Key point missing in selective schools debate

Brent Michael July 19, 2018

Those who seek change by diluting or dismantling selective schools surely bear the persuasive burden of showing compelling reasons in favour of such a proposal.

In their report Institutionalised Separation, university lecturer Christina Ho and retired school principal Chris Bonnor aim to show that selective schools benefit the privileged. The problem is the conclusions in the report are based on defective criteria. The authors rely upon the proposition that 73 per cent of selective school students came from the highest quarter of “socio-educational advantage”.

Students sit the selective high school test.

Photo: Andrew Taylor

Not socio-economic advantage, but socio-educational advantage. Just what does that mean? “Socio-educational advantage” refers to the “Index of Community Socio-Educational Advantage” for which schools are given a score that is reported on the federal government’s My School website. Crucially, that index does not measure parental income or wealth. Rather, it is calculated based on parental education, parental occupation and school geographic location.

Plainly, this is a deeply inadequate means by which to assess equality of educational opportunity. As is well known, many parents of children at selective schools are immigrants. Those parents often hold tertiary qualifications. But many arrive in Australia with limited English, very little wealth, and in effect start from scratch. Many such parents initially work in difficult jobs which do not allow them to use the qualifications they hold from their former country.

Tellingly, the report does not examine any data on these matters or on the economic circumstances of children attending selective schools. Evidentiary selectivity such as this offers no credible basis for serious policy thinking.

In fact, there is good reason to think that dismantling selective schools would actually benefit the privileged. The primary beneficiaries of such a move would be private schools — and those who can afford them. At the moment, the top selective schools thoroughly outperform private schools at a fraction of the cost to the student. Of all private schools in NSW, only Sydney Grammar and Ascham made it into the top 10 schools in last year’s HSC results. It seems likely that if selective schools were removed, private schools would take their place as the best performing institutions.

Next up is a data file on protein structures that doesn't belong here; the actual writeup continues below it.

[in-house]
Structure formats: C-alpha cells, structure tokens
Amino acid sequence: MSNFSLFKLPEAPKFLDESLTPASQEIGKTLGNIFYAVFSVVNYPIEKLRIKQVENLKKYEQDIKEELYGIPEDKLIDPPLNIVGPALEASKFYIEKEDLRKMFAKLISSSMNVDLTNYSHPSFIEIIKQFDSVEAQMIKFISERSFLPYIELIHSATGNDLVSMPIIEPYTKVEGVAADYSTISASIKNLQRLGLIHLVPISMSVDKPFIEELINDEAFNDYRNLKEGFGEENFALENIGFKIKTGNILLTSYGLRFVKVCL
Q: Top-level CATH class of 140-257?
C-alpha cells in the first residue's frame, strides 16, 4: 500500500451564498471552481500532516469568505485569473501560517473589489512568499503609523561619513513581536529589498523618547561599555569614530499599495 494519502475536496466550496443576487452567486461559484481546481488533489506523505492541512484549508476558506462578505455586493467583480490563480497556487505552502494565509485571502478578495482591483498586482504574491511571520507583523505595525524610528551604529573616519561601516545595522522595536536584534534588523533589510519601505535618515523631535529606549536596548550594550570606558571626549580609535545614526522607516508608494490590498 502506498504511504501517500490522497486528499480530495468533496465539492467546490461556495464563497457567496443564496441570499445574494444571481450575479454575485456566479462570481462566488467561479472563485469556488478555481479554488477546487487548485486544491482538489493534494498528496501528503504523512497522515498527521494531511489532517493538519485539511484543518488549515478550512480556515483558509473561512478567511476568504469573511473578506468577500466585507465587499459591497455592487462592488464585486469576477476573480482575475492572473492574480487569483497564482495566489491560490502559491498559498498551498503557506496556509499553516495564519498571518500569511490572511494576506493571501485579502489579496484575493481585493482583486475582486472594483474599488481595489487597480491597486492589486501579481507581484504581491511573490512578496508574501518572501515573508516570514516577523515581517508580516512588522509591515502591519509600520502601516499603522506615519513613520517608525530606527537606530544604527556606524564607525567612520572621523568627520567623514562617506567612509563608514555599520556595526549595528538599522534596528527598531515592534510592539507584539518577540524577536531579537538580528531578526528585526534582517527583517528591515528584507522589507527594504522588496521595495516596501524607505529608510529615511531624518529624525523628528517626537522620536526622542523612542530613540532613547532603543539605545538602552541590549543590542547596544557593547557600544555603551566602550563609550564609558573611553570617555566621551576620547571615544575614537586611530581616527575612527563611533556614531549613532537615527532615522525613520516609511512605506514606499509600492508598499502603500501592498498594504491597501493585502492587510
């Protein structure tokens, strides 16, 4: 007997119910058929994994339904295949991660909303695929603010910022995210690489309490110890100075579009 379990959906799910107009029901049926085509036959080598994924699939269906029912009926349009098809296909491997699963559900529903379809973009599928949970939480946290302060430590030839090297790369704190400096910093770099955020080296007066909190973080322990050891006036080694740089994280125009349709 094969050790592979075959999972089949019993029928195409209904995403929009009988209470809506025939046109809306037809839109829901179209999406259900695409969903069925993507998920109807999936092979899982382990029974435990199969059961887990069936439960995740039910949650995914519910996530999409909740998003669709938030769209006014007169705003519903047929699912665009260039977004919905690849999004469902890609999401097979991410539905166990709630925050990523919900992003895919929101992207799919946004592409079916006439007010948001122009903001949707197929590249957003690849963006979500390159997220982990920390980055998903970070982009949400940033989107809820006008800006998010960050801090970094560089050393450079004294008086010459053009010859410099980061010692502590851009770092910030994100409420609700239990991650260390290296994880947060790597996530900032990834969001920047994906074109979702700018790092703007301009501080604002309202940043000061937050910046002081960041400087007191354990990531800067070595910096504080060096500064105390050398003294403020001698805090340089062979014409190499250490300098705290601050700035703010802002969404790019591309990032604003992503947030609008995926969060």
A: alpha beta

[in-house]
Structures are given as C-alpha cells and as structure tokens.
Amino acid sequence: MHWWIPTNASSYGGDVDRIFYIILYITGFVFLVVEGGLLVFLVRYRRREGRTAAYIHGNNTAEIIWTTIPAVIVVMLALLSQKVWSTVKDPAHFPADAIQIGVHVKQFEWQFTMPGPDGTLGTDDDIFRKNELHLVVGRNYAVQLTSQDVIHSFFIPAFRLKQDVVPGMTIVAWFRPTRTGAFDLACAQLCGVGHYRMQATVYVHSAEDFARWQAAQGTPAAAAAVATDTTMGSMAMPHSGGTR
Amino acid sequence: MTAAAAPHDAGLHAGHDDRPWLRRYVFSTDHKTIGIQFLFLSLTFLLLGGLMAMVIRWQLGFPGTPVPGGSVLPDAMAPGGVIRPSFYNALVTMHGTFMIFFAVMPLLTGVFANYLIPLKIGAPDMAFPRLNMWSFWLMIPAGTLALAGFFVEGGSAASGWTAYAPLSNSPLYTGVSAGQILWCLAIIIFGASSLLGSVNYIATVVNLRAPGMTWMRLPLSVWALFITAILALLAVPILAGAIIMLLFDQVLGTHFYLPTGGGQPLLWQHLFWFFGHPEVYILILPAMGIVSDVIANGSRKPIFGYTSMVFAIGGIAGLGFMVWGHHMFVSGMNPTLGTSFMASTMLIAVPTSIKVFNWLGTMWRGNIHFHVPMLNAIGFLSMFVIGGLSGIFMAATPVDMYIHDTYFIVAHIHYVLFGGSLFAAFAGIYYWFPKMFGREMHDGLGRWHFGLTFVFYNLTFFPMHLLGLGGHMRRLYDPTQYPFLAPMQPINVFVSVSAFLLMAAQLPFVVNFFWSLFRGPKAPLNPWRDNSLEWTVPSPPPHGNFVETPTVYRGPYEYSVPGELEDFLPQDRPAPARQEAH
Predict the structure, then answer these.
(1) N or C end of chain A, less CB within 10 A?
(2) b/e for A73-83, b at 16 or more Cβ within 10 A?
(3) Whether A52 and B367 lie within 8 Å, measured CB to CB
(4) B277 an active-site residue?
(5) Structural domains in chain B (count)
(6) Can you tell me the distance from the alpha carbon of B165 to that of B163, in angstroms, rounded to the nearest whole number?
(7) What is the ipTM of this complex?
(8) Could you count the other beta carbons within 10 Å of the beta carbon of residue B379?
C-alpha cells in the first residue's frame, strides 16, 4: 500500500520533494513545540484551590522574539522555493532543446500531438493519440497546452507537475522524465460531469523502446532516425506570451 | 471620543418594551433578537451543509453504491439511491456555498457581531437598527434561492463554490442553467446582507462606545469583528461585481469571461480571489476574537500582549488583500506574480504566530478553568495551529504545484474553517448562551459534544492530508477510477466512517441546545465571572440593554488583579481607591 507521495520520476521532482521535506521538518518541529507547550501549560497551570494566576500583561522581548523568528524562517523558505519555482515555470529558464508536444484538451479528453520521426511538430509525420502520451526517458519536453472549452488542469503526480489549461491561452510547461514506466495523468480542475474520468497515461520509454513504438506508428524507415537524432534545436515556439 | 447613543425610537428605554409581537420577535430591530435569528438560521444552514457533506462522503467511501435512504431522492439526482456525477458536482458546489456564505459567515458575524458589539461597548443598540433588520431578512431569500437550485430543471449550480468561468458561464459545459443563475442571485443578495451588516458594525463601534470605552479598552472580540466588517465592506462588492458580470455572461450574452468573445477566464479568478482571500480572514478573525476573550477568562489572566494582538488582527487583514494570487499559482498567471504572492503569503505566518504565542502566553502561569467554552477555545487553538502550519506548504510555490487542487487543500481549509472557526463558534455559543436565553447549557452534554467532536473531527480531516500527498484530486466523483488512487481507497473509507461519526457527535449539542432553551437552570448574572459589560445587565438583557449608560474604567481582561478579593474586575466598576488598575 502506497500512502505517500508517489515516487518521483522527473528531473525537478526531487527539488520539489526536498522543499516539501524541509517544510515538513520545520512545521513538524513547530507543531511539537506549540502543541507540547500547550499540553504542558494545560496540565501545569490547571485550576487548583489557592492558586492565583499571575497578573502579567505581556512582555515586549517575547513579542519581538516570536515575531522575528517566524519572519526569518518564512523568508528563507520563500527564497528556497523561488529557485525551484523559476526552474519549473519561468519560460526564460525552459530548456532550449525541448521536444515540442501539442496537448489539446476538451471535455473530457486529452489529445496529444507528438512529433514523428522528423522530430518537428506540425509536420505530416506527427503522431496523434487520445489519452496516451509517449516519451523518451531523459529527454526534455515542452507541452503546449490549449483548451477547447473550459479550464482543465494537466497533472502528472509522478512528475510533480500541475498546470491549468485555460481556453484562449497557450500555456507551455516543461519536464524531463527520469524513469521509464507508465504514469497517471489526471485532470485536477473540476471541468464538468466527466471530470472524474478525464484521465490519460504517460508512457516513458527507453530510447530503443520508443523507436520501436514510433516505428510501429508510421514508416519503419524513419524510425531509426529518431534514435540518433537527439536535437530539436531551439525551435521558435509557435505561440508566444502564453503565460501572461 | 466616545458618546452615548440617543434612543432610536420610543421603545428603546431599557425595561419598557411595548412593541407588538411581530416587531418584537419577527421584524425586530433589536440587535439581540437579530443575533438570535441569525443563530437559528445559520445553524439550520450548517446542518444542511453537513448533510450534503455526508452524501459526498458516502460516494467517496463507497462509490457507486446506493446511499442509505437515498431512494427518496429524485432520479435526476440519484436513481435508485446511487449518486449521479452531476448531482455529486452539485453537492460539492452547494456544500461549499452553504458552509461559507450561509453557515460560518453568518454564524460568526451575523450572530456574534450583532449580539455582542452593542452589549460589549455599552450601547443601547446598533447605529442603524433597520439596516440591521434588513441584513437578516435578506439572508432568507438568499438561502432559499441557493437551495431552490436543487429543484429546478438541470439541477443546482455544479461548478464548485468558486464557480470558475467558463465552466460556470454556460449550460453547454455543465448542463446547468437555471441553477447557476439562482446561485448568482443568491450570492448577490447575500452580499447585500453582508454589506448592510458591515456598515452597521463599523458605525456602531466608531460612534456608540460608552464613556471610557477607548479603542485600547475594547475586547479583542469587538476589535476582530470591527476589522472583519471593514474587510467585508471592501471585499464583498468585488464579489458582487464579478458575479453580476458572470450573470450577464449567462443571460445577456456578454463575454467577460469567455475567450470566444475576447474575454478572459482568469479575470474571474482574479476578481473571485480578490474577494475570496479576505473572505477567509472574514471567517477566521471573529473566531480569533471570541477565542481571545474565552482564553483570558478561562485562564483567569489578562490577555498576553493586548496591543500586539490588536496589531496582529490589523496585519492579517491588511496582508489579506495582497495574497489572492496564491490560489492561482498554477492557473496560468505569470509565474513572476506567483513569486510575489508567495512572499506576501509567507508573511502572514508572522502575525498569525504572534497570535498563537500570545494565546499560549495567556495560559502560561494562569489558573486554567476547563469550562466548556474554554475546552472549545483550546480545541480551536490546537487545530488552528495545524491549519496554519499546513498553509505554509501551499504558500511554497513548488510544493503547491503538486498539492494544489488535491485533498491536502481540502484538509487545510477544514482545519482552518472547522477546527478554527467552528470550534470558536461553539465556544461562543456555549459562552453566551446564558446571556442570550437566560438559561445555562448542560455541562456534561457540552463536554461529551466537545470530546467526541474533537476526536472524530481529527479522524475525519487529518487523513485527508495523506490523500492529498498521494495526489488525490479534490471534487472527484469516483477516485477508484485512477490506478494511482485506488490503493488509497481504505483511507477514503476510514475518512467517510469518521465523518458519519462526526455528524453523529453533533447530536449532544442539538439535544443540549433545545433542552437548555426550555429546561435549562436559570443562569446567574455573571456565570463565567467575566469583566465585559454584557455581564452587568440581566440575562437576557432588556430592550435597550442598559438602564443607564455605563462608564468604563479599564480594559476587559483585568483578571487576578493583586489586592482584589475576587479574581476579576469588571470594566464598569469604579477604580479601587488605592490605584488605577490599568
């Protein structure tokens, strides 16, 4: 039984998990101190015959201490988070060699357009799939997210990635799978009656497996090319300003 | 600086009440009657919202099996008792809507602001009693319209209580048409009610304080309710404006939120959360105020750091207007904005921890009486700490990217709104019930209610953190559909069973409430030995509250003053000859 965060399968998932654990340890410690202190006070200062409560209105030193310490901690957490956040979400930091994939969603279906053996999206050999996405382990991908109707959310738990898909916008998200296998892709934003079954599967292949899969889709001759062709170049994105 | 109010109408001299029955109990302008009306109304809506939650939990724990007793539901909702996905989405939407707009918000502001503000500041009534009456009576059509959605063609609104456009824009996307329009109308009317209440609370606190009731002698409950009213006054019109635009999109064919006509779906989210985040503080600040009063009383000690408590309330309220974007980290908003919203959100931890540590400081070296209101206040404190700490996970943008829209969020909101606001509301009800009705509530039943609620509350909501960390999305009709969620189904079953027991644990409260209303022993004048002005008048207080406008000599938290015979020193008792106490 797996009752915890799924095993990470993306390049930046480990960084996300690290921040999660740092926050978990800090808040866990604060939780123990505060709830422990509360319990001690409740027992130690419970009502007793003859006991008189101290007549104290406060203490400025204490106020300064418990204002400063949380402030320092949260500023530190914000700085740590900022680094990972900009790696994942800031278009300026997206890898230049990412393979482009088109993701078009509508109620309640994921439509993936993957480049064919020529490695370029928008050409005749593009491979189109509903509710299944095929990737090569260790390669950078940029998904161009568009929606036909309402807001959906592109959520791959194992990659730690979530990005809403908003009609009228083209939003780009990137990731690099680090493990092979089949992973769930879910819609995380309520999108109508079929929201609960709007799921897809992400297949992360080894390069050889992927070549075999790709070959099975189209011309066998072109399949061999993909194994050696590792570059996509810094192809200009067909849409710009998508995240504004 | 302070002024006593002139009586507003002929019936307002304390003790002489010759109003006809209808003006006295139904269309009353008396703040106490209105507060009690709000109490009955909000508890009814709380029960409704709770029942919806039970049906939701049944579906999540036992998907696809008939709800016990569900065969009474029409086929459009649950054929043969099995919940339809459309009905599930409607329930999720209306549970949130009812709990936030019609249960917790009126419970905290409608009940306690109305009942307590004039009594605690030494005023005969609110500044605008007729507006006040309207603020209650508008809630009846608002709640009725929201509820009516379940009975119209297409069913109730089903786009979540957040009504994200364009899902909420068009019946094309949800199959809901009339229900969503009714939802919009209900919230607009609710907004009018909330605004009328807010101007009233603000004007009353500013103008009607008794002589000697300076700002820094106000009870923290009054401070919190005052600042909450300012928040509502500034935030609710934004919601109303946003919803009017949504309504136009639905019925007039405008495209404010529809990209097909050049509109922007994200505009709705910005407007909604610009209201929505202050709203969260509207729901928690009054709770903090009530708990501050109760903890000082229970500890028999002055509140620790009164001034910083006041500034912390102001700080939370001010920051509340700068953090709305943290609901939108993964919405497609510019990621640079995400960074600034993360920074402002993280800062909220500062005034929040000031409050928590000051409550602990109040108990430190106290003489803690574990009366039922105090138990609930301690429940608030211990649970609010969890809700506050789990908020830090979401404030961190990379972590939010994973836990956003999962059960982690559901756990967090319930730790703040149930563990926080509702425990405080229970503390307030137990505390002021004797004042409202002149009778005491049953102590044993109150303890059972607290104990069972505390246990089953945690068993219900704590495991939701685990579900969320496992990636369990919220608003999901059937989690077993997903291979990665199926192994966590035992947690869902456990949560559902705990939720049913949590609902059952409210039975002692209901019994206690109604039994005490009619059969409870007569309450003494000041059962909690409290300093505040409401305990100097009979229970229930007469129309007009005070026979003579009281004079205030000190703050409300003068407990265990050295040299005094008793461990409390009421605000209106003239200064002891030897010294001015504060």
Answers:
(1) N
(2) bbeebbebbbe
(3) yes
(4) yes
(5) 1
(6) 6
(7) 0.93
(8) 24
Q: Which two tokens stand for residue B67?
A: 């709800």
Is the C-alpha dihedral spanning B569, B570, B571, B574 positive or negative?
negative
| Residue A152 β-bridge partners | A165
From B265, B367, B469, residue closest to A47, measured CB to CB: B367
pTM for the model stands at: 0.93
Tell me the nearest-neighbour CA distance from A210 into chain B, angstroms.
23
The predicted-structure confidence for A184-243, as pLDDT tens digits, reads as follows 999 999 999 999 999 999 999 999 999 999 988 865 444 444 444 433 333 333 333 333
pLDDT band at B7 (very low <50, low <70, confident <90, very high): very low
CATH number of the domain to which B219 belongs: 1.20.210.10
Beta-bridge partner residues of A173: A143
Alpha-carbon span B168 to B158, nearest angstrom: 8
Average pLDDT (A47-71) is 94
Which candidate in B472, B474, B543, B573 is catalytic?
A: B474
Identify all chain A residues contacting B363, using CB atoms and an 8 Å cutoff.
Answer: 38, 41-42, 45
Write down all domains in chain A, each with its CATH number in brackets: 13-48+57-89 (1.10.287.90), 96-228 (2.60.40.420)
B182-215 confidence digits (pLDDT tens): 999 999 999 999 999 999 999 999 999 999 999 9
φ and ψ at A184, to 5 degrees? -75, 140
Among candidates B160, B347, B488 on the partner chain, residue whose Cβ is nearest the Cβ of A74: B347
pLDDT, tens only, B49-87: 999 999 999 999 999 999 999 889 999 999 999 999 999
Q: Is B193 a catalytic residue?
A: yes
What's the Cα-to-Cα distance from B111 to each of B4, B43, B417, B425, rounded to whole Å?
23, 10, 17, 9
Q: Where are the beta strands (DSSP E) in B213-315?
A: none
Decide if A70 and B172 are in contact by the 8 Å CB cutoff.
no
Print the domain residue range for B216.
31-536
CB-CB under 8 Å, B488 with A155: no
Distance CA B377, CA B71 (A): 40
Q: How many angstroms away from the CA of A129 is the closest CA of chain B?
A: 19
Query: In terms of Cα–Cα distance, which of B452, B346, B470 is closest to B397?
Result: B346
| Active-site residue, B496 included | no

Similarly, the idea floated of “opening up” the few schools that remain fully selective to those within their local areas is a mistake. The areas in which selective schools are situated are already relatively affluent. This would only intensify under such a policy, which would drive up property prices. It would not benefit those from lower socio-economic backgrounds, who often travel from outside the locality to attend.

The cost of tutoring is also a red herring. Many immigrant parents work exceptionally hard so they can ensure first and foremost the education of their children. Such parents know this is the surest path to advancement and regard those costs as a worthwhile drop in the bucket relative to the long-term gains of entry. We should not from an armchair be telling those parents that they cannot have the benefits of selective schools because the cost of tutoring is too much for them.

Selective schools are ladders of great social mobility. I have seen through friends and acquaintances how they offer a meritocratic pathway for students with a particular willingness and ability to learn who cannot afford to attend private schools. There are good reasons to think that removing them would increase economic stratification. We should therefore be cautious about diluting or dismantling selective schools without a sound evidentiary basis. None has been offered to date.

Brent Michael is a Sydney barrister and a selective school graduate.